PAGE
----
Opera and Classical Reviews

Hugh the Drover @ Cadogan Hall, London

24 November 2010


I want to set a prizefight to music was the statement that led to the composition of Vaughan Williams much-overlooked opera, Hugh the Drover. It is strange, then, that something so aggressive could lead to an opera so charming. The plot is a simple love story, set in a Cotswolds village during the Napoleonic wars, and the music is accordingly uncomplicated simple interwoven English folk-song melodies set above complex but interesting tonalities.

New Sussex Opera is currently touring an engaging and intimate production of this underperformed masterpiece, taking it to a variety of institutions from theatres to concert halls. To accommodate this wide range of venues, designer Yann Seabras set is relatively simple, with all the scene changes manipulated smoothly by chorus members, and this matches Vaughan Williams folk-song style, and is also beautifully complemented by Giulia Scrimieris charming costume designs.

Director Michael Moxham overcame the daunting task of creating a production that works well in these different settings, and his interpretation maintained its visual and dramatic interest throughout the performance. Highlights included a superbly choreographed fight scene between Hugh the Drover and John the Butcher, and an excitingly tense portrayal of Marys efforts to free Hugh from the stocks.

Soprano Celeste Lazarenko as Mary, the country girl who longs for freedom and adventure, was a complete delight. Her silvery, light soprano, combined with a gentle confidence on stage, matched her characters demeanour perfectly. Marys desire for liberation was particularly eloquent during the second act, where her lines are set against exquisite violin solos, so reminiscent of The Lark Ascending (composed around the same time), underpinned by dark harmonies that serve to heighten the sense of unattainable freedom.

In the title role, Daniel Norman gave an entirely convincing and unforced performance as the handsome yet unassuming Hugh. He produced a confident and focused sound throughout his range, with some passionate top notes, and his sensitive and heartfelt arias were exceptionally moving. The chemistry between Norman and Lazarenko was electric; their voices blended exquisitely during their duet, Lord of my life and they both produced beautifully tender phrasing during their love scenes.

Another very strong performance came from Clarissa Meek as Aunt Jane, whose rich warm mezzo-soprano and calm confidence on stage both lent themselves admirably to her extremely touching aria in the first act, where she explains the joys of domesticity to Mary. Simon Thorpe made a confident and imposing John the Butcher, his deep baritone colouring his characters aggressive nature. Some of the comic highlights of the evening came in the form of a fantastic double-act between William Robert Allenby as the Constable and Gareth John as the Turnkey, with Johns ringing tenor providing a fitting contrast to Allenbys solid baritone.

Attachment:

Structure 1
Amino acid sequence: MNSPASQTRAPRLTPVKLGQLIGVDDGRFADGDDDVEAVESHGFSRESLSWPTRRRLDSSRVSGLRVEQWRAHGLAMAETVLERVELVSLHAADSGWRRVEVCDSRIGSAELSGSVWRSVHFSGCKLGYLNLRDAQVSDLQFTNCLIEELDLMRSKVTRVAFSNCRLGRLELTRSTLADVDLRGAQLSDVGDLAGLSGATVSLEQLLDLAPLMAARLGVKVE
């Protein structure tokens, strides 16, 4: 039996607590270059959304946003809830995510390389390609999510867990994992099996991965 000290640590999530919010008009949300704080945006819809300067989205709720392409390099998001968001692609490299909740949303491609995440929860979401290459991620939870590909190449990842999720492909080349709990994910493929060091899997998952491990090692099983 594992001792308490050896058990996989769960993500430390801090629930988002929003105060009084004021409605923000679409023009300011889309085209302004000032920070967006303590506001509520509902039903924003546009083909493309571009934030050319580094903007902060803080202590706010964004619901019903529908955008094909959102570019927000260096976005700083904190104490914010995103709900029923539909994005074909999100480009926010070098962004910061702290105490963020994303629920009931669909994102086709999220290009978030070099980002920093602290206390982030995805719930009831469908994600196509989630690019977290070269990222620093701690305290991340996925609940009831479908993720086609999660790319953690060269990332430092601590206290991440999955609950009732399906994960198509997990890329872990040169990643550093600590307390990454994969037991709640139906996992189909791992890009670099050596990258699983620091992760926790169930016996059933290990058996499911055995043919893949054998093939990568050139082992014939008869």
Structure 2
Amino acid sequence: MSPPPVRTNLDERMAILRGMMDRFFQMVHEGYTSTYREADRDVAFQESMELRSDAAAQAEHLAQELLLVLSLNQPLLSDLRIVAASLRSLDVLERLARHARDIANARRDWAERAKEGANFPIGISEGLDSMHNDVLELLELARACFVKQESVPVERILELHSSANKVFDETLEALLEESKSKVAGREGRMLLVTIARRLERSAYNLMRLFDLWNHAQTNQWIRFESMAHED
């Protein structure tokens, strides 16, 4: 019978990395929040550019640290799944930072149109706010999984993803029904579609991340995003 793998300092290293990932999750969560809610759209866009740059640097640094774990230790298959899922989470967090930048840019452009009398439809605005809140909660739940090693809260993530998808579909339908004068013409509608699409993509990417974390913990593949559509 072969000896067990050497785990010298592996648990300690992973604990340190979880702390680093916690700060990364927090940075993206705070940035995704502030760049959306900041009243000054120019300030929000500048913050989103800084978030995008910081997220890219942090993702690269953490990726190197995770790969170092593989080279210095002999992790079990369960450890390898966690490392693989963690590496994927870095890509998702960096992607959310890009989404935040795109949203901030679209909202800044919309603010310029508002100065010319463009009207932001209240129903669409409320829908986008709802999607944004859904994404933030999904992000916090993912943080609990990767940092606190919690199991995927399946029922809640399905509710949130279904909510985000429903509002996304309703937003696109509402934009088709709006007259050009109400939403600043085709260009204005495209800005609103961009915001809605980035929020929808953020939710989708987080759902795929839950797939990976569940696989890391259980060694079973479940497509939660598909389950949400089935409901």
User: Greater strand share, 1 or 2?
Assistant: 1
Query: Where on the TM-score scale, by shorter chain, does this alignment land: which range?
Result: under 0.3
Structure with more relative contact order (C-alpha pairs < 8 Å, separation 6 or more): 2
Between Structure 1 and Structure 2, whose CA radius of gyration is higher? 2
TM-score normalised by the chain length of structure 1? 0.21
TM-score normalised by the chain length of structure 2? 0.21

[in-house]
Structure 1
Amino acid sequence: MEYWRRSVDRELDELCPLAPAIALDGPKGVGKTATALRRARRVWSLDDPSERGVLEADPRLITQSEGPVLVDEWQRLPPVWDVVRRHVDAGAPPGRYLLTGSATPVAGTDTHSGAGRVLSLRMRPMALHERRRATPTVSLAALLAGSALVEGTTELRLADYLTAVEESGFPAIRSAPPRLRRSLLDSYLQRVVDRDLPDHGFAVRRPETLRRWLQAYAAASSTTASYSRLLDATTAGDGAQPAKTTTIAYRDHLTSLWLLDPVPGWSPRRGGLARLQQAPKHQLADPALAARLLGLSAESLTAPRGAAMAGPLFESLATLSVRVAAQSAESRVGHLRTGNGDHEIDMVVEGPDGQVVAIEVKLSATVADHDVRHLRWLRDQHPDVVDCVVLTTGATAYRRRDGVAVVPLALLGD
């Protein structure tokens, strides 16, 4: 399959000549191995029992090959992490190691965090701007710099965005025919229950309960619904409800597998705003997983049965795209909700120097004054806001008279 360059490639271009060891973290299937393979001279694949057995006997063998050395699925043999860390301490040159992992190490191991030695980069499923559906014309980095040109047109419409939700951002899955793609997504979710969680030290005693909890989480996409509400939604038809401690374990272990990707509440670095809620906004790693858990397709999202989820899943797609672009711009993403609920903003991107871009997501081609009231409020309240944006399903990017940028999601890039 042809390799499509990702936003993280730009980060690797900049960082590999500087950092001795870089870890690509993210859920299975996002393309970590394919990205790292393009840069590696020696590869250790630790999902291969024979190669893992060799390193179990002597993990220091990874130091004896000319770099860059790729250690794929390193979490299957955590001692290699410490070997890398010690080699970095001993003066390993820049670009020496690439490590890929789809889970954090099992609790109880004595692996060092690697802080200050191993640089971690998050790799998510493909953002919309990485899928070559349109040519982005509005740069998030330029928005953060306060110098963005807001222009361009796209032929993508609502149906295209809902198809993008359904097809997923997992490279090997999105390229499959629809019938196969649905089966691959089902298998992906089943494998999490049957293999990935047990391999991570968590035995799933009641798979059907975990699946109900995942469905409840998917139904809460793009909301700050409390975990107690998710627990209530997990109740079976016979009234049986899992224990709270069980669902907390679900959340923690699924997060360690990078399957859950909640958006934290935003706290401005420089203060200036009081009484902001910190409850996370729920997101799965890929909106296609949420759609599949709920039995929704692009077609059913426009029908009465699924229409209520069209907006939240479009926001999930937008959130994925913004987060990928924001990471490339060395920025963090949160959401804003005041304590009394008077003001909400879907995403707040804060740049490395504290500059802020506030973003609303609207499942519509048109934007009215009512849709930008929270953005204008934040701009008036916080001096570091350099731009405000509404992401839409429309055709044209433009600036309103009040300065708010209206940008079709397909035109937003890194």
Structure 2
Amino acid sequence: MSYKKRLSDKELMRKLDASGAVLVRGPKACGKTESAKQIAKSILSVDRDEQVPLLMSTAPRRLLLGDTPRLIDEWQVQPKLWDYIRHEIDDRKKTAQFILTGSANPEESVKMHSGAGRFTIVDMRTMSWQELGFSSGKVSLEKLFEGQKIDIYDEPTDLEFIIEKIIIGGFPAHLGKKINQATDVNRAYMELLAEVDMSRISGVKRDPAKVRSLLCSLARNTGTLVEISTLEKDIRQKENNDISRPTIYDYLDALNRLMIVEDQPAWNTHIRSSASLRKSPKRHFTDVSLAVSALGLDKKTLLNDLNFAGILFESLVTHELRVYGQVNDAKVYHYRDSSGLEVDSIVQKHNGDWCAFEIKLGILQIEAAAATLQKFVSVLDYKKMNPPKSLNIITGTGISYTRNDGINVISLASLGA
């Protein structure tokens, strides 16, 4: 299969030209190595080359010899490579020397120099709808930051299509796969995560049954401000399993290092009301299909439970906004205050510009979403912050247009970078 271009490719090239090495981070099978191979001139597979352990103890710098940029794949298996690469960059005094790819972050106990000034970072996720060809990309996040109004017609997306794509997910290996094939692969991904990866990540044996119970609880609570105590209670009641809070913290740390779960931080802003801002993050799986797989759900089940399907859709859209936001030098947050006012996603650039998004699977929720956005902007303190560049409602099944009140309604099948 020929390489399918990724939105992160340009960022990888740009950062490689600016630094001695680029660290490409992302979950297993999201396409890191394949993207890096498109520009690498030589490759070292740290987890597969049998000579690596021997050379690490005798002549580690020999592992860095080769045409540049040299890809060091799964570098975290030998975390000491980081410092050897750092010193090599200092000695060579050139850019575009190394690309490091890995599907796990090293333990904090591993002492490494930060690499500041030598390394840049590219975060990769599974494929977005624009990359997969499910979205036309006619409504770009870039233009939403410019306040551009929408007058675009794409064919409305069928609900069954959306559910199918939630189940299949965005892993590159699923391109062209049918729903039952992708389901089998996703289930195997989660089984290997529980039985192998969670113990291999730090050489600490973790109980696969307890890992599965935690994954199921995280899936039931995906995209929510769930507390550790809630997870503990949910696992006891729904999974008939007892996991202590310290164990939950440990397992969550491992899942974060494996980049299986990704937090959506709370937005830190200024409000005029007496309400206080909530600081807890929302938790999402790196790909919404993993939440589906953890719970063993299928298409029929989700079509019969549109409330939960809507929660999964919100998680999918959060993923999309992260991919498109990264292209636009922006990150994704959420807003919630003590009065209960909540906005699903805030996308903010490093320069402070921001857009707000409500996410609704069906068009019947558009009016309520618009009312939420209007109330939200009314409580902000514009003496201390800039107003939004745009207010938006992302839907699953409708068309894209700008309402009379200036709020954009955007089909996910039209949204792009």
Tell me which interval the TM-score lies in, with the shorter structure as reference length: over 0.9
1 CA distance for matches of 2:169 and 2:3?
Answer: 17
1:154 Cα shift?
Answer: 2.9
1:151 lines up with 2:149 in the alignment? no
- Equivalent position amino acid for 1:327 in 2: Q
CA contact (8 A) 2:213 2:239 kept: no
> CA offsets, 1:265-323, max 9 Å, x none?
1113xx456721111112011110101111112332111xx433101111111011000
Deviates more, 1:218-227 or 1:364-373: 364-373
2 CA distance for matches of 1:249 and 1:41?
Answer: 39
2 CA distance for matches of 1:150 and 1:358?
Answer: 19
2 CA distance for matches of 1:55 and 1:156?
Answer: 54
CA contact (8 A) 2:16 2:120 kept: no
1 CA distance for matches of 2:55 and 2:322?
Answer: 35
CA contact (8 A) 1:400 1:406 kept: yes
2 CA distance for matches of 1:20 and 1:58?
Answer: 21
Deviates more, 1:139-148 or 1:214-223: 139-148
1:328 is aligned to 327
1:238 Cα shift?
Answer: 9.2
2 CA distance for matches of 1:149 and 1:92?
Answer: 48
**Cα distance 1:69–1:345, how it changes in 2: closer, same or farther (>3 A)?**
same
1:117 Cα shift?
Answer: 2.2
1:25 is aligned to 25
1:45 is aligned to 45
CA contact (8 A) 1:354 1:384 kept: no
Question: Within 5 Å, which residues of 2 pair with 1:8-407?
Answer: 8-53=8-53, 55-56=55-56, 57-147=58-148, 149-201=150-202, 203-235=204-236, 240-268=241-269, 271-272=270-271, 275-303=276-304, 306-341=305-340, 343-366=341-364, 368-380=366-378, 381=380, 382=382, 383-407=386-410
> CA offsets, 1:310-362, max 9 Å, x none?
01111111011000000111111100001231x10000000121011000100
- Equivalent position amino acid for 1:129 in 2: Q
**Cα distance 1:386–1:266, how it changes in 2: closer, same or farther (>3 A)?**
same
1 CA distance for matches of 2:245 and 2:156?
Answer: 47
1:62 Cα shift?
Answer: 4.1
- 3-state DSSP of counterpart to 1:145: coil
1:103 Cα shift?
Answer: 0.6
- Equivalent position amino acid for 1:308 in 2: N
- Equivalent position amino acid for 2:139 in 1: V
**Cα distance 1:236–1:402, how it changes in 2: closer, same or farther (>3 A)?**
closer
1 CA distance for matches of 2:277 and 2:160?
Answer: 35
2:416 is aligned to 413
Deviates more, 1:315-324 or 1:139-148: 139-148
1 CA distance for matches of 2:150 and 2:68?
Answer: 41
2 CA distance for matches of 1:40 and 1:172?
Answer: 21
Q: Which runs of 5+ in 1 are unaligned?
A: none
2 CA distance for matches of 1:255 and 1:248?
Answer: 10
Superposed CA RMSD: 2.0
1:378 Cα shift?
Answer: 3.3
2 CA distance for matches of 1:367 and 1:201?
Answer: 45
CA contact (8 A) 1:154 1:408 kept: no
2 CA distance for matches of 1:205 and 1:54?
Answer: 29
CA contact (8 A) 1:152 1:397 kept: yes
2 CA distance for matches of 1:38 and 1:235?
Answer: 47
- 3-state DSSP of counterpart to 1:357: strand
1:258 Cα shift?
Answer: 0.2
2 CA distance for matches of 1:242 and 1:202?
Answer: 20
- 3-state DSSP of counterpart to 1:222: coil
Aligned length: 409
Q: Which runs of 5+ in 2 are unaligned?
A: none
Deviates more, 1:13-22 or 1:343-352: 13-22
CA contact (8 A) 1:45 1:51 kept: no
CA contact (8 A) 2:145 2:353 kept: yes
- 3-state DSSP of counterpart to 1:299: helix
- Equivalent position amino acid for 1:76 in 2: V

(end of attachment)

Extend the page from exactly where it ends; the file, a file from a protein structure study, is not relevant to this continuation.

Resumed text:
Strongest amongst the principals was baritone Grant Doyle, who performed both the Showman in the first act and the Sergeant in the second act. His resonant baritone (the only voice that could always be heard above the orchestra) worked well in both roles, with some sizzling top notes lending excitement to the role. This, coupled with excellent diction, made him truly captivating throughout the performance. Whilst he made a solid and confident Sergeant, it was in the first act as the Showman that he really excelled himself. Dressed as Napoleon Bonaparte, complete with an oversized hat and flamboyant purple cravat, he performed the Showmans francophobic aria with terrific burlesque energy and panache, commanding the stage and projecting genuine enjoyment.

For a company that considers its amateurs to be at its heart, it was a shame that New Sussex Opera made so little of its expert and unpaid 32-strong chorus. Hidden behind the orchestra, the chorus performed with great energy, but too little attention was paid to blend, tuning and diction and a lot of their dramatic efforts were lost behind the band simply because it was too difficult to see them. Chorus members also took some of the smaller leads; unfortunately, they sounded all too amateur next to the professional principals, although they performed with confidence and verve.

The small NSO orchestra was present on stage behind the action, and although the balance was good within the ensemble, it repeatedly overpowered the chorus and occasionally the principals as well. However, under Nicholas Jenkins energetic direction, the band played with feeling and vivacity, with a particularly impressive performance from percussionist Oliver Lowe, whose dramatic snare-drum crescendo to announce the entrance of the soldiers added a tense anticipation to the action on stage.

This was a very moving and musically intelligent production of a vastly underappreciated opera, which just goes to show what can be achieved on a shoestring budget by a pro-am opera company. Whilst it has its shortcomings, overall this was a touching, heart-warming and intensely enjoyable performance, full of feeling. Highly recommended.

Further details of Cadogan Hall concerts can be found at cadoganhall.com



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